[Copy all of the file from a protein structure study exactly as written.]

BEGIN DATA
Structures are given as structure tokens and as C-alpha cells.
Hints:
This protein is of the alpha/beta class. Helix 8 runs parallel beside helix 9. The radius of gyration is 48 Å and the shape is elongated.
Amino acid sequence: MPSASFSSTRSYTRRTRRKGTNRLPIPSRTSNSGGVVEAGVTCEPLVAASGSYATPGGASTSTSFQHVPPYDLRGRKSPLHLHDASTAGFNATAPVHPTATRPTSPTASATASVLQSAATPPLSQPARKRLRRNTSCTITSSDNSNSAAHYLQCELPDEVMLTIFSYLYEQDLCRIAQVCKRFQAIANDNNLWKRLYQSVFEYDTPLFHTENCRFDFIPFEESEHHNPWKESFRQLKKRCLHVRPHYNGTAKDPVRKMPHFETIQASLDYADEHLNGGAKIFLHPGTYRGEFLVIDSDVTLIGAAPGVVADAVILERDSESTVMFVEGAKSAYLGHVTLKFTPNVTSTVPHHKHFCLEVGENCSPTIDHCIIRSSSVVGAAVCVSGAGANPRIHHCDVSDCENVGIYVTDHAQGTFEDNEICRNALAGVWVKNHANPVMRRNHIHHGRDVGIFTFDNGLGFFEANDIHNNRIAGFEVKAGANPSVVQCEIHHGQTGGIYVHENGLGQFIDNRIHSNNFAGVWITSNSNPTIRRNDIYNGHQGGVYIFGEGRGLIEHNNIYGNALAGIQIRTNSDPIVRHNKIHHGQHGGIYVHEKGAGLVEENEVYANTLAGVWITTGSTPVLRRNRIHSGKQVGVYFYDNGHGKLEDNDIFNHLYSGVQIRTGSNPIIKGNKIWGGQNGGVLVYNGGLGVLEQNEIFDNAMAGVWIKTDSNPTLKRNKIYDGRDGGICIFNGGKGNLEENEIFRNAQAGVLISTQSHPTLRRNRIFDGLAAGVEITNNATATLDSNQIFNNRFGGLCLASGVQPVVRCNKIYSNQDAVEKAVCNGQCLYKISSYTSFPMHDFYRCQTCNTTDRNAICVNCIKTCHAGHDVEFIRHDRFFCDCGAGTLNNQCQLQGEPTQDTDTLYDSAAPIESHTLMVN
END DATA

Structures are given as structure tokens and as C-alpha cells.
Hints:
This protein is of the alpha/beta class. Helix 8 runs parallel beside helix 9. The radius of gyration is 48 Å and the shape is elongated.
Amino acid sequence: MPSASFSSTRSYTRRTRRKGTNRLPIPSRTSNSGGVVEAGVTCEPLVAASGSYATPGGASTSTSFQHVPPYDLRGRKSPLHLHDASTAGFNATAPVHPTATRPTSPTASATASVLQSAATPPLSQPARKRLRRNTSCTITSSDNSNSAAHYLQCELPDEVMLTIFSYLYEQDLCRIAQVCKRFQAIANDNNLWKRLYQSVFEYDTPLFHTENCRFDFIPFEESEHHNPWKESFRQLKKRCLHVRPHYNGTAKDPVRKMPHFETIQASLDYADEHLNGGAKIFLHPGTYRGEFLVIDSDVTLIGAAPGVVADAVILERDSESTVMFVEGAKSAYLGHVTLKFTPNVTSTVPHHKHFCLEVGENCSPTIDHCIIRSSSVVGAAVCVSGAGANPRIHHCDVSDCENVGIYVTDHAQGTFEDNEICRNALAGVWVKNHANPVMRRNHIHHGRDVGIFTFDNGLGFFEANDIHNNRIAGFEVKAGANPSVVQCEIHHGQTGGIYVHENGLGQFIDNRIHSNNFAGVWITSNSNPTIRRNDIYNGHQGGVYIFGEGRGLIEHNNIYGNALAGIQIRTNSDPIVRHNKIHHGQHGGIYVHEKGAGLVEENEVYANTLAGVWITTGSTPVLRRNRIHSGKQVGVYFYDNGHGKLEDNDIFNHLYSGVQIRTGSNPIIKGNKIWGGQNGGVLVYNGGLGVLEQNEIFDNAMAGVWIKTDSNPTLKRNKIYDGRDGGICIFNGGKGNLEENEIFRNAQAGVLISTQSHPTLRRNRIFDGLAAGVEITNNATATLDSNQIFNNRFGGLCLASGVQPVVRCNKIYSNQDAVEKAVCNGQCLYKISSYTSFPMHDFYRCQTCNTTDRNAICVNCIKTCHAGHDVEFIRHDRFFCDCGAGTLNNQCQLQGEPTQDTDTLYDSAAPIESHTLMVN